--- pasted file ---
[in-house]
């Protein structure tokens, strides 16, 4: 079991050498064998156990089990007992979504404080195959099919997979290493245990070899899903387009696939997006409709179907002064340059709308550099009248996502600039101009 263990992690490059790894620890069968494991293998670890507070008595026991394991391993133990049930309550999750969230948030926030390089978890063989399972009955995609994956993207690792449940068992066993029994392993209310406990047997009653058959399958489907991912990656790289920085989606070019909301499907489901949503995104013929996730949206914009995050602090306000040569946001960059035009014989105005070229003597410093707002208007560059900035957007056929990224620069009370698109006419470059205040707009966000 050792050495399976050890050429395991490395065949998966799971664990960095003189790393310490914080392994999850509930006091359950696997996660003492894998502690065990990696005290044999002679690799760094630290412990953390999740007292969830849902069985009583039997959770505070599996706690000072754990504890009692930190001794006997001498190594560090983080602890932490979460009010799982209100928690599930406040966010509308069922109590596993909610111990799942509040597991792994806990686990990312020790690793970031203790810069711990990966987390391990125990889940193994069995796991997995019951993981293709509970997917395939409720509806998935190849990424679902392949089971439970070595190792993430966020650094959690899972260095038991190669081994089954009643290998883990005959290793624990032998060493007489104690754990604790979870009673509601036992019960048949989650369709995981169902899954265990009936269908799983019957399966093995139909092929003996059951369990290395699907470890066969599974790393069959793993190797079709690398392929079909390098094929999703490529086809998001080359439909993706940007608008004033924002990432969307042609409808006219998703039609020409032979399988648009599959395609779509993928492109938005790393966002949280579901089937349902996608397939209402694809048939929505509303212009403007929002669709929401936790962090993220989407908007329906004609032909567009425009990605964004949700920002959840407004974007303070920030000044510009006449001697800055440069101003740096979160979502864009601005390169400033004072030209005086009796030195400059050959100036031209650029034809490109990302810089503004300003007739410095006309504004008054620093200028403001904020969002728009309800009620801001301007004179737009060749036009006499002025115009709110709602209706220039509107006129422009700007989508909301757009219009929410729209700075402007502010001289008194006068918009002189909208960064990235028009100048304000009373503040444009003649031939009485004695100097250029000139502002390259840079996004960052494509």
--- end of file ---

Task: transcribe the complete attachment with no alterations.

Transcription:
[in-house]
């Protein structure tokens, strides 16, 4: 079991050498064998156990089990007992979504404080195959099919997979290493245990070899899903387009696939997006409709179907002064340059709308550099009248996502600039101009 263990992690490059790894620890069968494991293998670890507070008595026991394991391993133990049930309550999750969230948030926030390089978890063989399972009955995609994956993207690792449940068992066993029994392993209310406990047997009653058959399958489907991912990656790289920085989606070019909301499907489901949503995104013929996730949206914009995050602090306000040569946001960059035009014989105005070229003597410093707002208007560059900035957007056929990224620069009370698109006419470059205040707009966000 050792050495399976050890050429395991490395065949998966799971664990960095003189790393310490914080392994999850509930006091359950696997996660003492894998502690065990990696005290044999002679690799760094630290412990953390999740007292969830849902069985009583039997959770505070599996706690000072754990504890009692930190001794006997001498190594560090983080602890932490979460009010799982209100928690599930406040966010509308069922109590596993909610111990799942509040597991792994806990686990990312020790690793970031203790810069711990990966987390391990125990889940193994069995796991997995019951993981293709509970997917395939409720509806998935190849990424679902392949089971439970070595190792993430966020650094959690899972260095038991190669081994089954009643290998883990005959290793624990032998060493007489104690754990604790979870009673509601036992019960048949989650369709995981169902899954265990009936269908799983019957399966093995139909092929003996059951369990290395699907470890066969599974790393069959793993190797079709690398392929079909390098094929999703490529086809998001080359439909993706940007608008004033924002990432969307042609409808006219998703039609020409032979399988648009599959395609779509993928492109938005790393966002949280579901089937349902996608397939209402694809048939929505509303212009403007929002669709929401936790962090993220989407908007329906004609032909567009425009990605964004949700920002959840407004974007303070920030000044510009006449001697800055440069101003740096979160979502864009601005390169400033004072030209005086009796030195400059050959100036031209650029034809490109990302810089503004300003007739410095006309504004008054620093200028403001904020969002728009309800009620801001301007004179737009060749036009006499002025115009709110709602209706220039509107006129422009700007989508909301757009219009929410729209700075402007502010001289008194006068918009002189909208960064990235028009100048304000009373503040444009003649031939009485004695100097250029000139502002390259840079996004960052494509």